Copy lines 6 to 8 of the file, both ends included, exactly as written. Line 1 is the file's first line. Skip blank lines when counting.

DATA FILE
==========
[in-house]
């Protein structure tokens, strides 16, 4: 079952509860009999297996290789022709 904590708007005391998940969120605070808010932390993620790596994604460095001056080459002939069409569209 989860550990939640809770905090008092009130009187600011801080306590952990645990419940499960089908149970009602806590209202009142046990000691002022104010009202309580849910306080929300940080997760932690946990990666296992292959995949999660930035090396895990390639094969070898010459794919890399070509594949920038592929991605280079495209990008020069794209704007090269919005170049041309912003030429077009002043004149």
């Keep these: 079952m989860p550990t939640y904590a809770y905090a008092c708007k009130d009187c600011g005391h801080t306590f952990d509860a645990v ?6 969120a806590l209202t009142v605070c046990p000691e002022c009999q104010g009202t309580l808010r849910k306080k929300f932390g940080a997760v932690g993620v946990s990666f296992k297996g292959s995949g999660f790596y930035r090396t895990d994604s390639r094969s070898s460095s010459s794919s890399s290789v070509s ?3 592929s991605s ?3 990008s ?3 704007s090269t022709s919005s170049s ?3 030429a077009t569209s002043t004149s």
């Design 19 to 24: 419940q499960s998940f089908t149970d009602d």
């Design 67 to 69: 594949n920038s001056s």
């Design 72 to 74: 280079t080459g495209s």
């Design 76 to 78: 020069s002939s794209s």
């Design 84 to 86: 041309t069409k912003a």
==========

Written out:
């Design 72 to 74: 280079t080459g495209s």
């Design 76 to 78: 020069s002939s794209s």
């Design 84 to 86: 041309t069409k912003a």